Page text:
Walking down this residential road in a quiet area of the lake, you would never guess that hidden just a short distance into the woods is a magical place. Even if you had heard a rumor that it existed, you probably would never find it, unless you were prepared to wade through knee deep mud and water, cross a small river and fight through five foot high stinging nettles. Even then, you still may never find it.
Four days ago, there was a knock on my door. Lucy went wild, barking and letting me know that people were here at the cabin. (We rarely get visitors.) As I opened the door, I saw five smiling faces. Glancing down, I saw five pairs of rubber-booted feet. The children introduced themselves and explained that they were building a fort. They were wondering if I had any plywood or any other materials I could donate to their project. Their request came at the perfect time as I had just begun sorting through the scrap wood I had inherited when we bought this place in order to see what I could salvage for the chicken coop. I invited them out back to show them the wood. Lucy was unsure of them at first. She barked for the first few minutes, then cautiously sniffed each child, one by one, while we pretended not to notice. A few minutes later, she had five new lifelong friends. The kids petted her, played with her, scratched her and got her to do all kinds of tricks. Lucy just soaked up the love and attention like a sponge.
Meanwhile, behind the cabin, the kids took a look at what I had and found some things that were useful for their project: two small railings, broken pieces of corrugated roofing, a small roll of discarded carpet, wood of various sizes, even a pair of crutches. They left, carrying one large piece of plywood and the roll of carpet. Then they returned with a wheel barrel and a little red wagon to haul the smaller pieces. They thanked me and said that when they were finished the fort, they would invite me over to come and see it.
Just three days later there was another knock at the door. My new friends were back and were ready to show me the fort, which they had just completed that afternoon. I grabbed my camera, jumped into my rubber boots and headed off down the road with them (leaving Lucy behind. ‘Sorry my girl, too muddy!’). I followed them down the road, then we turned off onto a trail leading into the woods. We walked, waded through deep water and mud, ducking under tree branches and tried to avoid the stinging nettles along the path.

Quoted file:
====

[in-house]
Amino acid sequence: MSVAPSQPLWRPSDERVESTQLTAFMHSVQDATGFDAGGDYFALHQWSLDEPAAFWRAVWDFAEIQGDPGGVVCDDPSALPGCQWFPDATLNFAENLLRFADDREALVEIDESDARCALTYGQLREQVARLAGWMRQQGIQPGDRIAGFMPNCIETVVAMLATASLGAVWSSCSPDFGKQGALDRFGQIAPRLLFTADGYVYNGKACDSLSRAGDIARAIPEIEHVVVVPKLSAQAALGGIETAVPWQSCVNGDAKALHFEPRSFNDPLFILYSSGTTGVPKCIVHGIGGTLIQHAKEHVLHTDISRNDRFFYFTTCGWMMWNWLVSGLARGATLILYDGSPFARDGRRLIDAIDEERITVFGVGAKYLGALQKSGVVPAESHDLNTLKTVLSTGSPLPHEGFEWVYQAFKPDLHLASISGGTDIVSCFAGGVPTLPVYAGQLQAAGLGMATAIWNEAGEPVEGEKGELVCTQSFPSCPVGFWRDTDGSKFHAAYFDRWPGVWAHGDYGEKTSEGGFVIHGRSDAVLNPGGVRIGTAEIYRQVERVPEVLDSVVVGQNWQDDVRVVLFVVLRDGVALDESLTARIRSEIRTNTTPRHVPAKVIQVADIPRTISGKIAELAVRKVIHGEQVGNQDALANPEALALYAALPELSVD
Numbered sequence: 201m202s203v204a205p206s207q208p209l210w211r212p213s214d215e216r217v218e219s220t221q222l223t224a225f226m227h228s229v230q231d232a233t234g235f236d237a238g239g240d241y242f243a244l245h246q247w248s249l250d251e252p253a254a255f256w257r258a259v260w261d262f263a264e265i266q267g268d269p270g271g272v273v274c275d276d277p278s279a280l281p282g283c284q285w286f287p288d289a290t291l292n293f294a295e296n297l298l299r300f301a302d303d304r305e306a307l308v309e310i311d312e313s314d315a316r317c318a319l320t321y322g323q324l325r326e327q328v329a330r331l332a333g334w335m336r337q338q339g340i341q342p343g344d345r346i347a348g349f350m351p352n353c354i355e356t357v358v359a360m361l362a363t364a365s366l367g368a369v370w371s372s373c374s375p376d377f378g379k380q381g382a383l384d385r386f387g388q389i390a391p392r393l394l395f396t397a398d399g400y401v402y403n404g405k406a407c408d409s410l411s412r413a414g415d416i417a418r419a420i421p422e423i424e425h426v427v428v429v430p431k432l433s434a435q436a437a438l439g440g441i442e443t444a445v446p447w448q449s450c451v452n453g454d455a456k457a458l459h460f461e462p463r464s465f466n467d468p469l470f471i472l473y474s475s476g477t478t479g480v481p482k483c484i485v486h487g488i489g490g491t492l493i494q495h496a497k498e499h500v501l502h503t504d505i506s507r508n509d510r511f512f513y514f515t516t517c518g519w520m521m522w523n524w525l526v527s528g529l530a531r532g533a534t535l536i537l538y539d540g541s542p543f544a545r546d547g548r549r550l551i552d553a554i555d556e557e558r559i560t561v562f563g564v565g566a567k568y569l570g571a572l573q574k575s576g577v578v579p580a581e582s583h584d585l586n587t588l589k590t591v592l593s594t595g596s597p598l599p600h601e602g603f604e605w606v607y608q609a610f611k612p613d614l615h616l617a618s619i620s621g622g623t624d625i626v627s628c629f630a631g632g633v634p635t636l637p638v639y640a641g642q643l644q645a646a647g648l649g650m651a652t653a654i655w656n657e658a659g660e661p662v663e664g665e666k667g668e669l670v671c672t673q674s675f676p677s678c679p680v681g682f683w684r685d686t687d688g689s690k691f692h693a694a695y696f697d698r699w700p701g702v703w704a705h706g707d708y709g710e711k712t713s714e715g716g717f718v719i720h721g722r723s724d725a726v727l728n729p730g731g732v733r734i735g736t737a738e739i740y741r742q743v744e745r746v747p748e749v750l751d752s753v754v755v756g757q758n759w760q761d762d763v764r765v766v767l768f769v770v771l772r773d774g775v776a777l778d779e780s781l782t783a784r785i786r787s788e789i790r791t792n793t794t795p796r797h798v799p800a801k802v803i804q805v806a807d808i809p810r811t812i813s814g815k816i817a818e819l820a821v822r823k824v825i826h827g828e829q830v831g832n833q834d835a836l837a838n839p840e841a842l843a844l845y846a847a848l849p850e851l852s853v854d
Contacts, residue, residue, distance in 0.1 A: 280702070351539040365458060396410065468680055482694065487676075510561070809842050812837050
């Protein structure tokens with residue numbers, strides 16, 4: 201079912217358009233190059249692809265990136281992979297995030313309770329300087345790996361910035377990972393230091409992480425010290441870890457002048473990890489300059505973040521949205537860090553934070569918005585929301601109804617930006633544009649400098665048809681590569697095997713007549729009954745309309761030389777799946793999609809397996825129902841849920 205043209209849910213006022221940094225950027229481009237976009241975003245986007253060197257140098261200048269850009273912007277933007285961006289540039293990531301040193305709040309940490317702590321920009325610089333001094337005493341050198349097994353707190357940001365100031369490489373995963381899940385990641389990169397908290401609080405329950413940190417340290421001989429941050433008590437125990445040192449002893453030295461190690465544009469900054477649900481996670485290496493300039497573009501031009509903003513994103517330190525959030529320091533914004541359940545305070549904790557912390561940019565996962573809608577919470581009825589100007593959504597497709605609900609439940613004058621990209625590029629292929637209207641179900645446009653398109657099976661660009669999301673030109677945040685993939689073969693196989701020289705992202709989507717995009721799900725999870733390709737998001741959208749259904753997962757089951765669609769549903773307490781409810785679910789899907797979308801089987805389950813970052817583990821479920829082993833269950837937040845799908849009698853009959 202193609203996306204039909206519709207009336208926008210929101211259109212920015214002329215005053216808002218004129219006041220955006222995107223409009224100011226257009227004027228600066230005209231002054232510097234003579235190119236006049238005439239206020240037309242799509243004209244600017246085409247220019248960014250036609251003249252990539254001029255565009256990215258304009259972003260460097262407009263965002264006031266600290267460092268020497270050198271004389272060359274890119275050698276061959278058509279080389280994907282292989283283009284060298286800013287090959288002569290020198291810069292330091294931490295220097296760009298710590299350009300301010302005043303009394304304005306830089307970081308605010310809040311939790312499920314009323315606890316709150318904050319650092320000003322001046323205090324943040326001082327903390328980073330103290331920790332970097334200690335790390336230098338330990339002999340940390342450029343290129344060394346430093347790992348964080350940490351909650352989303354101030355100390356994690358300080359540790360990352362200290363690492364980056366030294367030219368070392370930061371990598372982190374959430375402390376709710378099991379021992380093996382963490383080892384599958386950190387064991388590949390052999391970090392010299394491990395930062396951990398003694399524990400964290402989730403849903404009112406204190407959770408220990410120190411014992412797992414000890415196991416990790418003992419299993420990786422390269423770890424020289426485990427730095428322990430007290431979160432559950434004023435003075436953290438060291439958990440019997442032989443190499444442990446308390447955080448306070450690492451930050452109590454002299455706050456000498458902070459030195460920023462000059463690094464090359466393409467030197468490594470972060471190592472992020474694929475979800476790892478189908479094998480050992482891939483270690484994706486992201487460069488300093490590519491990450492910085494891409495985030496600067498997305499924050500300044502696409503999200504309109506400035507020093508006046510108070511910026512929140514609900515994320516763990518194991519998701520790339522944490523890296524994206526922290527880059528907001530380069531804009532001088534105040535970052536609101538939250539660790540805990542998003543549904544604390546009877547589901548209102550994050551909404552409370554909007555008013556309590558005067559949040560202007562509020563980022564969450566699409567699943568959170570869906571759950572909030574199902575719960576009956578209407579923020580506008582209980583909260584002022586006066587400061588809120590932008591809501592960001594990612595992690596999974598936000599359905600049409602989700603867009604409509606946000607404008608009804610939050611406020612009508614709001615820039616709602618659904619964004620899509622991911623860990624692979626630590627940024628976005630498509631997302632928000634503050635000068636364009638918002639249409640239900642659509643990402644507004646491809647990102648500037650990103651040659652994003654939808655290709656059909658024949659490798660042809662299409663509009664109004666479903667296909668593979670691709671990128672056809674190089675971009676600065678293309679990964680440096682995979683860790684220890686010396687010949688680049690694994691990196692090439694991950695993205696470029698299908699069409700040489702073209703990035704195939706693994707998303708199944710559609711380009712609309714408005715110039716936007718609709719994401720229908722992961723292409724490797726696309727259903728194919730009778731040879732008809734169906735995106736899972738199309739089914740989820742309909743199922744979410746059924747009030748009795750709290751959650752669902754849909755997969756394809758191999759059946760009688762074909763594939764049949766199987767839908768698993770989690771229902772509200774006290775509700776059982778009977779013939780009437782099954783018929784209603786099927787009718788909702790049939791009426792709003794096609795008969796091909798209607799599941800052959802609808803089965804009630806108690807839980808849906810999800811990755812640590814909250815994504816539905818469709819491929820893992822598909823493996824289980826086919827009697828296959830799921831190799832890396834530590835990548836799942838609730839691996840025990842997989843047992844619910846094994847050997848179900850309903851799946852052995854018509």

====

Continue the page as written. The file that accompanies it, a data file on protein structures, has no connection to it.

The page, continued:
We continued to walk, crossing a small river and as the path turned around a bend, I saw the fort and it took my breath away.
It was magnificent. The most splendid fort I have ever seen, far better than the ones I built when I was younger. The fort was two stories tall and nestled in between the thick curving branches of a tree, which added to the stability of the structure.
The lower floor has a bright green door. Inside, there is a bench and a shelf holding a bucket and soap to wash your hands. Believe it or not, this fort has running water! Rigged up above is a bucket to catch rainwater. There is even a stainer to filter the water before it flows down.
Also inside the lower floor is a small window made from a natural gap between the boards and covered with a piece of snowmobile windshield, cut perfectly to size.
There are two sets of ladders leading up to the second level, one made of lumber and the other made of tree branches. Upstairs, there are three places to hang out: the main open area, a small side area with railings (pictured below), and the roof, which is carpeted and very comfortable.
The floor of the main open area (above) also serves to shelter an area down below. There is even a handy place to hang your coat. I was invited to climb up to the second floor and was amazed at how solid and stable everything was. The kids explained that they used screws, nails and even string to hold it all together. If you look closely at the structure, you can see the resourcefulness of these builders as they used everything, from crutches and broom handles to scrap lumber and tree branches to build this fort. Many of these materials were probably headed to the landfill but instead were now put to good use in the making of this beautiful, solid, weatherproof, top secret fort.Off to one side of the fort is a bridge to cross the river (the water is low at the moment) and a length of rope serves as a handrail.
Beside this is one of three sturdy swings.
I was so impressed with their handiwork! The fort really demonstrates the creativity and problem-solving abilities of my five new friends! Even the spot they chose for the fort felt very magical, surrounded by river and woods and with a large tree wrapping around it. This tree provides shelter and a place to walk on without having to touch the muddy ground. Impressed, I complimented each of them on their building skills.
Just when I thought I had seen it all, they asked if I would like to see the dance floor. Dance floor??? Yes, this fort has it all! Very close by, propped up on (and nailed to) two saw horses was a very stable piece of plywood, just big enough for a small group of people to dance on underneath the stars.
I would like to thank my new friends, M,M, K, E and J for allowing me to contribute some materials to their amazing fort and for inviting me over to see it. (Sorry, I cannot tell you, dear readers, where it is located as I am sworn to secrecy.) It was a delight to see that my old, discarded materials were now useful, appreciated and given a new life in your fort. It was a pleasure to meet you all and spend time with you. I hope to come back again soon, take off my rubber boots, and boogie, once more, on your dance floor!